Parts and More Parts

At an APSI this summer the participants and I got to discussing the “tabular method” for integration by parts. Since we were getting far from what is tested on the BC Calculus exams I ended the discussion and said for those that were interested I would post more on the tabular method this blog going farther than just the basic set up. So here goes.

Here are some previous posts on integration by parts and the tabular method

 Integration by Parts 1 discusses the basics of the method. This is as far as a BC course needs to go.

Integration by Parts 2 introduces the tabular method

Modified Tabular Integration presents a very quick and slick way of doing the tabular method without making a table. This is worth knowing.

There is also a video on integration by parts here. Scroll down to “Antiderivatives 5: A BC topic – Integration by parts.” The tabular method is discussed starting about time 15:16. There are several ways of setting up the table; one is shown here and a slightly different way is in the Integration by Parts 2 post above. There are others.

Going further with the tabular method.

The tabular method works well if one of the factors in the original integrand is a polynomial; eventually its derivative will be zero and you are done. These are shown in the examples in the posts above and Example 1 below. To complete the topic, this post will show two other things that can happen when using integration by parts and the tabular method.

First we look at an example with a polynomial factor and learn how to stop midway through. Why stop? Because often there will be no end if you don’t stop. There are ways to complete the integration as shown in the examples.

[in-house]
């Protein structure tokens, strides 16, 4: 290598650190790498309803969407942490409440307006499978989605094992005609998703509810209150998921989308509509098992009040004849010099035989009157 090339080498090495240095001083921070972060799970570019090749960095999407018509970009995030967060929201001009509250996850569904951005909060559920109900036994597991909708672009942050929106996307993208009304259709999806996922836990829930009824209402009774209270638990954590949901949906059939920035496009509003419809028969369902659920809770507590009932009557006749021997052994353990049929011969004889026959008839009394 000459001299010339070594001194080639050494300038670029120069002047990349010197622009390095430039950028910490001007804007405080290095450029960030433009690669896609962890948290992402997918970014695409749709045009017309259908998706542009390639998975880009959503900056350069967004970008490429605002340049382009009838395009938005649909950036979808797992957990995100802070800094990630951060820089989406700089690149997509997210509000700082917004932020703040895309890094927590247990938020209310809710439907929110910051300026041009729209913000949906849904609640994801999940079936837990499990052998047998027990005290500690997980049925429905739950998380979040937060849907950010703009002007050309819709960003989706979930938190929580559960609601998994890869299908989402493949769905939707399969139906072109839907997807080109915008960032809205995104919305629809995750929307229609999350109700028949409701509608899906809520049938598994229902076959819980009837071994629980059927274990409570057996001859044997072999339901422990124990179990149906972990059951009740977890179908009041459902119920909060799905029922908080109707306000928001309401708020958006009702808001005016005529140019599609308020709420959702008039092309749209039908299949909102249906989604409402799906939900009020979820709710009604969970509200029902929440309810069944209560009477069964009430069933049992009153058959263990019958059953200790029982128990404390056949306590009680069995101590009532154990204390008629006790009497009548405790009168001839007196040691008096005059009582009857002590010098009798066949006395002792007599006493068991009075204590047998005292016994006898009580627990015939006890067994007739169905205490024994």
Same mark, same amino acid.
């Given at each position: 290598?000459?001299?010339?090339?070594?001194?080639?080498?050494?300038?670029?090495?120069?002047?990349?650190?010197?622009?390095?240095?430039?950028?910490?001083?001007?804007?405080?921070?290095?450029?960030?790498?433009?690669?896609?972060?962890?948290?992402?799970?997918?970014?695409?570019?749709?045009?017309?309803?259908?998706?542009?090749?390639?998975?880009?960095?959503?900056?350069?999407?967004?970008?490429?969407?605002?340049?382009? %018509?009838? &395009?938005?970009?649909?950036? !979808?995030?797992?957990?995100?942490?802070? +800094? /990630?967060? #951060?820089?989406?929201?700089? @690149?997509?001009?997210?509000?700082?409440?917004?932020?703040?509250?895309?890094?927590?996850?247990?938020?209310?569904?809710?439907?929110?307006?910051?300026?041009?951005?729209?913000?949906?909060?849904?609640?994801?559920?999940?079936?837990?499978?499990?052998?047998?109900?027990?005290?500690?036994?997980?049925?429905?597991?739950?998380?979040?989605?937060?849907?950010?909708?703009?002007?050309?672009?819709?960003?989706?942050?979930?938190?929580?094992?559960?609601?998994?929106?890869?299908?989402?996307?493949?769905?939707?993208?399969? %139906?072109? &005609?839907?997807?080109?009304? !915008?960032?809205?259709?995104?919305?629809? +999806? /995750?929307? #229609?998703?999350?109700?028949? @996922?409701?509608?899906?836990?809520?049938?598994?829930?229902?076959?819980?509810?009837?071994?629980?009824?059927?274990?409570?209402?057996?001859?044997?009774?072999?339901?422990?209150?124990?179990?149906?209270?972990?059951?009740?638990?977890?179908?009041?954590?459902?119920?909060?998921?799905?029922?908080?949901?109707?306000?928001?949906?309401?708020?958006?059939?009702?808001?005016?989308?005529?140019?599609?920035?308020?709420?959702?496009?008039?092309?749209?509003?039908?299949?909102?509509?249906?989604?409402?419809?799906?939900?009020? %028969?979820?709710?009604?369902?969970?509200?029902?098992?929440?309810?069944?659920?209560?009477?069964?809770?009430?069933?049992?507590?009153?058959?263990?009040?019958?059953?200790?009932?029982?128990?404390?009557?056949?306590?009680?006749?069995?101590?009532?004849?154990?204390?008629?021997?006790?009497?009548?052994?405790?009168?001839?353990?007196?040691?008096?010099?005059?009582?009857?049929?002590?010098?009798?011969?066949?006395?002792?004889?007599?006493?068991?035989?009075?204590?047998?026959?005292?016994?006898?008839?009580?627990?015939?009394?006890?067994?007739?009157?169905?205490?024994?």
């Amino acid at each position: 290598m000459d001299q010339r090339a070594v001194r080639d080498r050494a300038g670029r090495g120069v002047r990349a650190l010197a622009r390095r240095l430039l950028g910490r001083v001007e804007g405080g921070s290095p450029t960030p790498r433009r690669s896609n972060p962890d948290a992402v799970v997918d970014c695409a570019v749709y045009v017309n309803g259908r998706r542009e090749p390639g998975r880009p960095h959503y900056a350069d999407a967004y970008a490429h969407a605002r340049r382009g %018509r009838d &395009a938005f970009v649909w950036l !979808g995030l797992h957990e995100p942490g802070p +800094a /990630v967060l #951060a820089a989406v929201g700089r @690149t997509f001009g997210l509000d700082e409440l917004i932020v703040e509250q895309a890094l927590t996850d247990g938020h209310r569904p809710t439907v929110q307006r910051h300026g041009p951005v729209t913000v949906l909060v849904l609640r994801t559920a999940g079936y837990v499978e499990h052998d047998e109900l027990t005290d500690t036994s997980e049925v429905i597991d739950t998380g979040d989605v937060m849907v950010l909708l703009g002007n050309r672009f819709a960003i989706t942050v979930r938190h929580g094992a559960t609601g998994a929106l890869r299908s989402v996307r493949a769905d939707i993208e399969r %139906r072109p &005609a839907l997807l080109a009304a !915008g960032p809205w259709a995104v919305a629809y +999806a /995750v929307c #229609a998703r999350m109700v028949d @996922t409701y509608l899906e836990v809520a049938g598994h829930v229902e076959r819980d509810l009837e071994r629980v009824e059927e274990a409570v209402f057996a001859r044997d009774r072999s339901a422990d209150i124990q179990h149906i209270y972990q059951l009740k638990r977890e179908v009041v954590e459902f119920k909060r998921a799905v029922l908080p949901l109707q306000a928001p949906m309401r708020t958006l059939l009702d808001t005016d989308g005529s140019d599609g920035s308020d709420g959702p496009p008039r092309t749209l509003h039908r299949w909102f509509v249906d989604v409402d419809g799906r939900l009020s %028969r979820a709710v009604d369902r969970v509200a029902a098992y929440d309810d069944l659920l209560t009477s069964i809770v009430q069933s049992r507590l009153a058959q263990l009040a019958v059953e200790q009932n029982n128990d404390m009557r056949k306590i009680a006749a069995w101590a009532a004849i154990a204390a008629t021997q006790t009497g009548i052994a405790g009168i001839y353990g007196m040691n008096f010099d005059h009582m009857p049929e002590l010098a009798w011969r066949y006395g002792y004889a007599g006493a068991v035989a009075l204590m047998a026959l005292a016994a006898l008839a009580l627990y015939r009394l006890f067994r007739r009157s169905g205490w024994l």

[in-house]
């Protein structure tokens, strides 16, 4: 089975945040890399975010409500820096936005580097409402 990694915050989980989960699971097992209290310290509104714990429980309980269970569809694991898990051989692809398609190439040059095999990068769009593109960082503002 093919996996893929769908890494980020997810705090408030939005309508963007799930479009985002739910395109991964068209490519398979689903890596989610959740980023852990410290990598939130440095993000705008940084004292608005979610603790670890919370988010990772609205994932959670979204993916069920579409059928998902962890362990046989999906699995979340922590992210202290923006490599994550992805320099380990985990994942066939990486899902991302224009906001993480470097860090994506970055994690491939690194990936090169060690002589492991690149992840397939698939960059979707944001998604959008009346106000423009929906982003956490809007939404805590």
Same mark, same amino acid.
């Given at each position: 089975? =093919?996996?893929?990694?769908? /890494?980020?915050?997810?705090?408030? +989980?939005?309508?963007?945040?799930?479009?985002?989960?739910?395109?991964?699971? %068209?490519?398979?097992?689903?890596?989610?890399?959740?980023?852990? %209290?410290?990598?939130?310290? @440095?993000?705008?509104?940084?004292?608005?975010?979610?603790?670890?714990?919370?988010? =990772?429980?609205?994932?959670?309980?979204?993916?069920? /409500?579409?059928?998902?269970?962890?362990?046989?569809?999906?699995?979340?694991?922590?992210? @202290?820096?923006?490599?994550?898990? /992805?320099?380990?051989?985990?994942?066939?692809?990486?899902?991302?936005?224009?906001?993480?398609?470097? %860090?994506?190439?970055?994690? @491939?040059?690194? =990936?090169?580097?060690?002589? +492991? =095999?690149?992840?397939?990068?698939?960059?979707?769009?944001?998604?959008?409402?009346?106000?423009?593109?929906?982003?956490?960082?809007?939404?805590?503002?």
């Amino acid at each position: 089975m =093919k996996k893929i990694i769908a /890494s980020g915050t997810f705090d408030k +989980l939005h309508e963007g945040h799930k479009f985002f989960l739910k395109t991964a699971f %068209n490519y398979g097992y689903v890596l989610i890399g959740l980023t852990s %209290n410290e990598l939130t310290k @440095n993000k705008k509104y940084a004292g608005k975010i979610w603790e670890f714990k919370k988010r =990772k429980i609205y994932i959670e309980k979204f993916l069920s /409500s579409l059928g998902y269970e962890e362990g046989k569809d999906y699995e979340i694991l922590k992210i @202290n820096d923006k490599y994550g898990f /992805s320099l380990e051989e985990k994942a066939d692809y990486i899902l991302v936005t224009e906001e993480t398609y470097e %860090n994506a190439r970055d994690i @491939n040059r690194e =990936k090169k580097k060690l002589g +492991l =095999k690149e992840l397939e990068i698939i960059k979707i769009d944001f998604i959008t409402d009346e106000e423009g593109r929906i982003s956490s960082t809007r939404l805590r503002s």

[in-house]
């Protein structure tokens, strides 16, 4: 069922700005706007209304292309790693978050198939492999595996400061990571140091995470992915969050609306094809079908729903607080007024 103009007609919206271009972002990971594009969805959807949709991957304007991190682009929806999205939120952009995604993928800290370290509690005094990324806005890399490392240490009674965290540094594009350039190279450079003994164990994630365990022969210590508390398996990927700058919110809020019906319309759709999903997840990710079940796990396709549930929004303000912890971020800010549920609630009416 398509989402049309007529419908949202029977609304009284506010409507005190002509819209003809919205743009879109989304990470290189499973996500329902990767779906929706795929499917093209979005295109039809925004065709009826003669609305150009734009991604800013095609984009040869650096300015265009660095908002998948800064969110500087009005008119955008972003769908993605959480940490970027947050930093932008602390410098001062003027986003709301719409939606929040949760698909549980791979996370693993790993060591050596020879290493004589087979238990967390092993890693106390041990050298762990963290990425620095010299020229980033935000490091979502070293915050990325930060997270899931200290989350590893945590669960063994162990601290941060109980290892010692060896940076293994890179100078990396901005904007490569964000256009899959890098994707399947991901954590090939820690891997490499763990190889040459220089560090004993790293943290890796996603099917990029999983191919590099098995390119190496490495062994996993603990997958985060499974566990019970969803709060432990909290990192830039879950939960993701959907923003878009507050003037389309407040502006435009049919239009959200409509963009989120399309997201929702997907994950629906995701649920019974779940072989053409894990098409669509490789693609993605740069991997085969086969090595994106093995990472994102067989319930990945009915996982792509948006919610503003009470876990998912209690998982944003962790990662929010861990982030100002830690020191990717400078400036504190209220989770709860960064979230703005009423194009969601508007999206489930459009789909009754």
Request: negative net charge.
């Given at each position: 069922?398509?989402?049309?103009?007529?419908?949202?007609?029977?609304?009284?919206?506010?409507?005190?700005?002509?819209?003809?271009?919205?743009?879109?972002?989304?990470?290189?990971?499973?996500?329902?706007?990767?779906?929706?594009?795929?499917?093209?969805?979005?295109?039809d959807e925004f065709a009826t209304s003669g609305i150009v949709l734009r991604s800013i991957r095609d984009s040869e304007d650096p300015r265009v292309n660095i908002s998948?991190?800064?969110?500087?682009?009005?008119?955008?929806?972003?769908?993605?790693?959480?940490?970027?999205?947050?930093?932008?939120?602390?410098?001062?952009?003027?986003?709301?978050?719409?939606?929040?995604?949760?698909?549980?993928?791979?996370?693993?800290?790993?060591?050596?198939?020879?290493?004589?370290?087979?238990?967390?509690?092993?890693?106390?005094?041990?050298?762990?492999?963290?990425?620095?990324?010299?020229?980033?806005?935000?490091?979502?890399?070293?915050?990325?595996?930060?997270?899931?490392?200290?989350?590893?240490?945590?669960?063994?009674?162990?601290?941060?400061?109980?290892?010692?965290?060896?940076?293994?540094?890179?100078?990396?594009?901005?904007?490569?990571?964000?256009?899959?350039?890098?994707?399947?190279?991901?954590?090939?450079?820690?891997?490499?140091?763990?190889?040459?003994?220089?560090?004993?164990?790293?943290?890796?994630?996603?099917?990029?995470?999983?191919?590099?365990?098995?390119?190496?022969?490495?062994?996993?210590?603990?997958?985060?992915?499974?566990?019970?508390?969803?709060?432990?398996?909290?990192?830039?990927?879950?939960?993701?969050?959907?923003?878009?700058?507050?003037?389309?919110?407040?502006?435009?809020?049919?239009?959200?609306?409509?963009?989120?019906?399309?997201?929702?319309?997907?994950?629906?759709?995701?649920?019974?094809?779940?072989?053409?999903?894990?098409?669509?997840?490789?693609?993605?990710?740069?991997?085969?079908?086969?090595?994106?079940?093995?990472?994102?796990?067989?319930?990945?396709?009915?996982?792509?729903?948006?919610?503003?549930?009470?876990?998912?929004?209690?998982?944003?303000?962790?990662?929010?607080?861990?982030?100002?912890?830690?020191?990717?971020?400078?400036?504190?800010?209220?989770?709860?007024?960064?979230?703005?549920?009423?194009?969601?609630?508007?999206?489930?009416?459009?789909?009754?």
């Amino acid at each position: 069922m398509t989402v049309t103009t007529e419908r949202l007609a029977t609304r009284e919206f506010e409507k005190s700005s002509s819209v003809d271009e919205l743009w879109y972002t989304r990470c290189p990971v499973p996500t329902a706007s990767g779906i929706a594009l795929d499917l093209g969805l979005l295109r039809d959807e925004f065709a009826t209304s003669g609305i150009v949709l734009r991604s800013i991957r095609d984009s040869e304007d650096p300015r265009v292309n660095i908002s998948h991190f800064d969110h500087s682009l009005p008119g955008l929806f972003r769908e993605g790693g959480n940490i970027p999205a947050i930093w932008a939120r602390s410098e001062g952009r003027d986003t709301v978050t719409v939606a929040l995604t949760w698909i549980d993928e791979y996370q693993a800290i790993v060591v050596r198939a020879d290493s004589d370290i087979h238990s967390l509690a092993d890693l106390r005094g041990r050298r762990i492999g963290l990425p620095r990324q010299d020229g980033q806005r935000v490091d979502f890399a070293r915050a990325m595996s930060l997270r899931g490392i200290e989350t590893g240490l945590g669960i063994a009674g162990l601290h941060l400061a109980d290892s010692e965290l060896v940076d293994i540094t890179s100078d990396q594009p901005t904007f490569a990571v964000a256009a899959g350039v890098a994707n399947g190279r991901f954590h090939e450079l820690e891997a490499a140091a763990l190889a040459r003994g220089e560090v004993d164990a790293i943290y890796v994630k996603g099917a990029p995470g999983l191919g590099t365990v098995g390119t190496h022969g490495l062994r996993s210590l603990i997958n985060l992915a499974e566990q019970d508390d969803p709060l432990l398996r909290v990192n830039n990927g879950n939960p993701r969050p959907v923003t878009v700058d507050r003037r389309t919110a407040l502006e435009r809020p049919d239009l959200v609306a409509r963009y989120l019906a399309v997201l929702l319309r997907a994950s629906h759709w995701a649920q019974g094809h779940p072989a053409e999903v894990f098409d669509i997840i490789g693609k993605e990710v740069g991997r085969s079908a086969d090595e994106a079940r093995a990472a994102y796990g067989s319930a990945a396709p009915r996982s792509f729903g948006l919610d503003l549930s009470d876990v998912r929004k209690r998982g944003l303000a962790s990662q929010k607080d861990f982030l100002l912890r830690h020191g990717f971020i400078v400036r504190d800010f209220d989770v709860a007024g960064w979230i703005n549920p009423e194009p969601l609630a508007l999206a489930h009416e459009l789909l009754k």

Example 1:  Find \displaystyle \int_{{}}^{{}}{\left( 4{{x}^{3}} \right)\cos \left( x \right)dx} by the tabular method (See Integration by Parts 2 for more detail on how to set the table up)


Adding the last column gives the antiderivative:

\displaystyle \int_{{}}^{{}}{\left( 4{{x}^{3}} \right)\cos \left( x \right)dx}=4{{x}^{3}}\sin \left( x \right)+12{{x}^{2}}\cos \left( x \right)-24x\sin \left( x \right)-24\sin \left( x \right)+C

Now say you wanted to stop after 12{{x}^{2}}\cos \left( x \right). Example 2 shows why you want (need) to stop. In Example 1 you will have

\displaystyle \int_{{}}^{{}}{\left( 4{{x}^{3}} \right)\cos \left( x \right)dx}=4{{x}^{3}}\sin \left( x \right)+12{{x}^{2}}\sin \left( x \right)+\int_{{}}^{{}}{-24x\cos \left( x \right)}dx

The integrand on the right is the product of the last column in the row at which you stopped and the first two columns in the next row, as shown in yellow above.

Example 2 Find \displaystyle \int_{{}}^{{}}{{{e}^{x}}\cos \left( x \right)dx}

Tabular 4

As you can see things are just repeating the lines above sometimes with minus signs. However, if we stop on the third line we can write:

\displaystyle \int_{{}}^{{}}{{{e}^{x}}\cos \left( x \right)dx={{e}^{x}}\sin \left( x \right)}+{{e}^{x}}\cos \left( x \right)-\int_{{}}^{{}}{{{e}^{x}}\cos \left( x \right)dx}